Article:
Marriage and Relationships

Steve Helber/AP via NPR

A coalition of faith-based groups says its members have been betrayed by Attorney General Mark Herring, who they say has gone against the will of the people by fighting to overturn Virginia's gay marriage ban approved by voters just eight years ago.

The groups want Herring to be impeached, step down, or assign a special attorney to represent the state in the related court case.

Loving vs. Virginia

Jan 23, 2014

The issue of gay marriage resonates in Virginia in particular, because of a landmark 1967 Supreme Court decision involving a Virginia couple and interracial marriage.

You can hear the archived story of Mildred and Richard Loving whose home was raided by police in 1958.  They were charged with violating the state’s Racial Integrity Law. 
 

 Audio FileFrom our archives, you can hear Sandy Hausman's report on Loving vs. Virginia.Edit | Remove

Constituents React

Jan 23, 2014

Since Attorney General Mark Herring announced his decision to side with plaintiffs in the lawsuits challenging the state’s ban on gay marriage—reaction is coming in from constituents, and partisan and advocacy groups.

Reporter Sandy Hausman took to the streets of  Crozet  and Charlottesville, and here’s a montage  of the reaction she heard  from folks .

Back in 2006, 57 percent of Virginians approved the same-sex marriage ban.  This summer, a Quinnipiac University poll found the numbers had dropped—down to 43-percent of Virginians opposing gay marriage.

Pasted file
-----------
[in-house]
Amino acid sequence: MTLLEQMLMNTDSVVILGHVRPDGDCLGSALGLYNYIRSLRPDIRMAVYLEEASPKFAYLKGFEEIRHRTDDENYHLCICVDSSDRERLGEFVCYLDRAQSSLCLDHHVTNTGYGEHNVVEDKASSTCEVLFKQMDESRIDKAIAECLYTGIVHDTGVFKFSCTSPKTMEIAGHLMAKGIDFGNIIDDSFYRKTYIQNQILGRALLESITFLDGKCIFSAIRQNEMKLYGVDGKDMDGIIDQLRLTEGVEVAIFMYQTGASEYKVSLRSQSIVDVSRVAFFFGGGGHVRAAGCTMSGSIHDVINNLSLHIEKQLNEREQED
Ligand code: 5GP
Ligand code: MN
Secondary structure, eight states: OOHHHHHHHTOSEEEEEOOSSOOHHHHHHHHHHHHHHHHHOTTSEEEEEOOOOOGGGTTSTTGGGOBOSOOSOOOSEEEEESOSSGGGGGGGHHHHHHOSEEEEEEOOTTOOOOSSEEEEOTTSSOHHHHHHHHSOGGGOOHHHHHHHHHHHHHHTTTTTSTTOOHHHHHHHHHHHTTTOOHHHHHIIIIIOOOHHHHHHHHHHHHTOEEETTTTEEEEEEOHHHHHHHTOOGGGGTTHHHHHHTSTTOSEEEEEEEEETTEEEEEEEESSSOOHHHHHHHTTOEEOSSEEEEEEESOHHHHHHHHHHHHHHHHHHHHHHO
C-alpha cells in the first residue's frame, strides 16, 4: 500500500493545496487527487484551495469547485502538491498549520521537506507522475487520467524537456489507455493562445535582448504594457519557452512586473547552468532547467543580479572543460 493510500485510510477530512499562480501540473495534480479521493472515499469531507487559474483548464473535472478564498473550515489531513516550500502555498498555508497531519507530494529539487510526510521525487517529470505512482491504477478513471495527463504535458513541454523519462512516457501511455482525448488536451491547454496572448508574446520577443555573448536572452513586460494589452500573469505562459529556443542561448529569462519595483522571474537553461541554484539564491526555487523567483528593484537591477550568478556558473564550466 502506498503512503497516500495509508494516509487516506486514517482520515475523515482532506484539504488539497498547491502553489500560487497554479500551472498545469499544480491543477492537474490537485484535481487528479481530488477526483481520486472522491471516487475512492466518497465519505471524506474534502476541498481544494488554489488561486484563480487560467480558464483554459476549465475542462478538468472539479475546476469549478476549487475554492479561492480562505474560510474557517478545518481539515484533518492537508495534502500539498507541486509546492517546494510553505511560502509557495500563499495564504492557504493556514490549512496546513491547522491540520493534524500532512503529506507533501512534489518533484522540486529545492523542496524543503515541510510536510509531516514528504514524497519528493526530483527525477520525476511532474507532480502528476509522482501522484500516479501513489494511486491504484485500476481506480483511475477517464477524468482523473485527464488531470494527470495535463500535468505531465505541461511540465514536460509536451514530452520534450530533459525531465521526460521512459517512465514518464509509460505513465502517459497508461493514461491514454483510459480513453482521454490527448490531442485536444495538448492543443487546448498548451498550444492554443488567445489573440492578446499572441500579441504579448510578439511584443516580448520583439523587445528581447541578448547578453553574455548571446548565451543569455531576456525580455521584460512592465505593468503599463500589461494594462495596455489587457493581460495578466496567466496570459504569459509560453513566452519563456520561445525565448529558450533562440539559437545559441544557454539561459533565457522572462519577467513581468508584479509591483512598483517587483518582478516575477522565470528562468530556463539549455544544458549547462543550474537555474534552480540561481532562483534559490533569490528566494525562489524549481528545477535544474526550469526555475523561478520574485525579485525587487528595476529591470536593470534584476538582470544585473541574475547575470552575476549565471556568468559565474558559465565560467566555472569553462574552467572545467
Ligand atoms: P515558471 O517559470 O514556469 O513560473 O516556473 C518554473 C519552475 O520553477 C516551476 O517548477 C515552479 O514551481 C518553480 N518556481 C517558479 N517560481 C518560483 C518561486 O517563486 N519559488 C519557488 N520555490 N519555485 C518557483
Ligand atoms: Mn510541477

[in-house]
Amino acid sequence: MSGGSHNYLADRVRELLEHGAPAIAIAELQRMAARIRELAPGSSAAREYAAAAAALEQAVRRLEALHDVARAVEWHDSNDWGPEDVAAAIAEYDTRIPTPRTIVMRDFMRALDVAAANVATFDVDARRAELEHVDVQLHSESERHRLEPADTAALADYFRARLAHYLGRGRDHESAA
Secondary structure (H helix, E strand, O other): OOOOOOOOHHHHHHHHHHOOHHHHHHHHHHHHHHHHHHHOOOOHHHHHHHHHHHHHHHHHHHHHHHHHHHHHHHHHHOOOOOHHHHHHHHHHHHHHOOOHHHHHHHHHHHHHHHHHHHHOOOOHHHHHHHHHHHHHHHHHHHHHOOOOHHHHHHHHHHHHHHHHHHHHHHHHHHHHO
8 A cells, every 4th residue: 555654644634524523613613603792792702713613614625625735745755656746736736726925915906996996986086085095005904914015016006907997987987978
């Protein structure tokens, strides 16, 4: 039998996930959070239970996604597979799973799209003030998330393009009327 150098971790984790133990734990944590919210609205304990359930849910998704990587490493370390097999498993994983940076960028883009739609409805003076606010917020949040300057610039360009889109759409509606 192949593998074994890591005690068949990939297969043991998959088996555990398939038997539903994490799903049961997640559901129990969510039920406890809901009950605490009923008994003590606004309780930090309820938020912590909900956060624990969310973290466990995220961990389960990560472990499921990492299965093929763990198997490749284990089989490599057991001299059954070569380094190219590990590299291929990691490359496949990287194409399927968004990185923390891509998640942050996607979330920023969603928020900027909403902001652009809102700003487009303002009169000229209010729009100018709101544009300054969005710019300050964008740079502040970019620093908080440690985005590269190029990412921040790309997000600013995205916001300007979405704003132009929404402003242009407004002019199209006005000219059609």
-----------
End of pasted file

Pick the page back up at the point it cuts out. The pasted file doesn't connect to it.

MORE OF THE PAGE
He hasn't been on the job for two full weeks, and Virginia's Attorney General Mark Herring is already shaking things up.

While he doesn’t surprise anyone by sticking to his campaign pledge of fighting for marriage equality, he does strike a chord on all sides by saying that Virginia's legal position has shifted.

Herring says he will use his office's resources to join a lawsuit challenging the state Constitution’s provision that upholds traditional marriage.

A coalition of Richmond-area pastors says Richmond's City Council is overstepping its authority by considering an ordinance that would grant benefits to spouses of city workers in same-sex marriages. 

The pastors say the state Constitution is clear in its definition of a marriage being between one man and one woman—which is also as the New Testament defines it.

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